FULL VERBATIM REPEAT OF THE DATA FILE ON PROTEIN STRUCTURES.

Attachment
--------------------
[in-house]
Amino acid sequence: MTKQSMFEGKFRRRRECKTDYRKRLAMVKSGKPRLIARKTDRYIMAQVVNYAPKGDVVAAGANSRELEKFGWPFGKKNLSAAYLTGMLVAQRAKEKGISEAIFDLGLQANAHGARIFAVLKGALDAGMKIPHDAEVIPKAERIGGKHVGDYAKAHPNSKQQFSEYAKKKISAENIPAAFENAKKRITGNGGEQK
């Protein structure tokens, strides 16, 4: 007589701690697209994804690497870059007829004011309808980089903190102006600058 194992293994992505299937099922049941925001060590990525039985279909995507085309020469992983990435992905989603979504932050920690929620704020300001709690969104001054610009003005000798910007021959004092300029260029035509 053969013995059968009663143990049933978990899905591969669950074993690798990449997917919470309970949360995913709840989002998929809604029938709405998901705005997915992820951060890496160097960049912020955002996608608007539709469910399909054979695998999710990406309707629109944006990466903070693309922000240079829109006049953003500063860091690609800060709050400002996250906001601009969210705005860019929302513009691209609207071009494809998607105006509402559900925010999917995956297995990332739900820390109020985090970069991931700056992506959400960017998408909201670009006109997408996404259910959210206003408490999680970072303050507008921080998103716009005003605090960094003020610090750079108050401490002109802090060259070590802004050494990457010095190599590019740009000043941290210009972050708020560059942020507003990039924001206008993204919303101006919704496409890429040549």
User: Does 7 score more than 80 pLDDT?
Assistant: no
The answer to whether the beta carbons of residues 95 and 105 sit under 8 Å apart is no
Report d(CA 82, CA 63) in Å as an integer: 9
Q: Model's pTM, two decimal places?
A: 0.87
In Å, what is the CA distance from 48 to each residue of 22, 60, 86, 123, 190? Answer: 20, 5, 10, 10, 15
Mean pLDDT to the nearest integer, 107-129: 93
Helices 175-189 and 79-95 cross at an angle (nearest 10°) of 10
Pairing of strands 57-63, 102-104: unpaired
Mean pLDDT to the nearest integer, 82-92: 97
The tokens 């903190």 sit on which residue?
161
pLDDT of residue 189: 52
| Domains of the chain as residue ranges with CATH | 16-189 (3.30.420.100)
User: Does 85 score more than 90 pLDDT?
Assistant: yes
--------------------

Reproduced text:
[in-house]
Amino acid sequence: MTKQSMFEGKFRRRRECKTDYRKRLAMVKSGKPRLIARKTDRYIMAQVVNYAPKGDVVAAGANSRELEKFGWPFGKKNLSAAYLTGMLVAQRAKEKGISEAIFDLGLQANAHGARIFAVLKGALDAGMKIPHDAEVIPKAERIGGKHVGDYAKAHPNSKQQFSEYAKKKISAENIPAAFENAKKRITGNGGEQK
């Protein structure tokens, strides 16, 4: 007589701690697209994804690497870059007829004011309808980089903190102006600058 194992293994992505299937099922049941925001060590990525039985279909995507085309020469992983990435992905989603979504932050920690929620704020300001709690969104001054610009003005000798910007021959004092300029260029035509 053969013995059968009663143990049933978990899905591969669950074993690798990449997917919470309970949360995913709840989002998929809604029938709405998901705005997915992820951060890496160097960049912020955002996608608007539709469910399909054979695998999710990406309707629109944006990466903070693309922000240079829109006049953003500063860091690609800060709050400002996250906001601009969210705005860019929302513009691209609207071009494809998607105006509402559900925010999917995956297995990332739900820390109020985090970069991931700056992506959400960017998408909201670009006109997408996404259910959210206003408490999680970072303050507008921080998103716009005003605090960094003020610090750079108050401490002109802090060259070590802004050494990457010095190599590019740009000043941290210009972050708020560059942020507003990039924001206008993204919303101006919704496409890429040549």
User: Does 7 score more than 80 pLDDT?
Assistant: no
The answer to whether the beta carbons of residues 95 and 105 sit under 8 Å apart is no
Report d(CA 82, CA 63) in Å as an integer: 9
Q: Model's pTM, two decimal places?
A: 0.87
In Å, what is the CA distance from 48 to each residue of 22, 60, 86, 123, 190? Answer: 20, 5, 10, 10, 15
Mean pLDDT to the nearest integer, 107-129: 93
Helices 175-189 and 79-95 cross at an angle (nearest 10°) of 10
Pairing of strands 57-63, 102-104: unpaired
Mean pLDDT to the nearest integer, 82-92: 97
The tokens 């903190």 sit on which residue?
161
pLDDT of residue 189: 52
| Domains of the chain as residue ranges with CATH | 16-189 (3.30.420.100)
User: Does 85 score more than 90 pLDDT?
Assistant: yes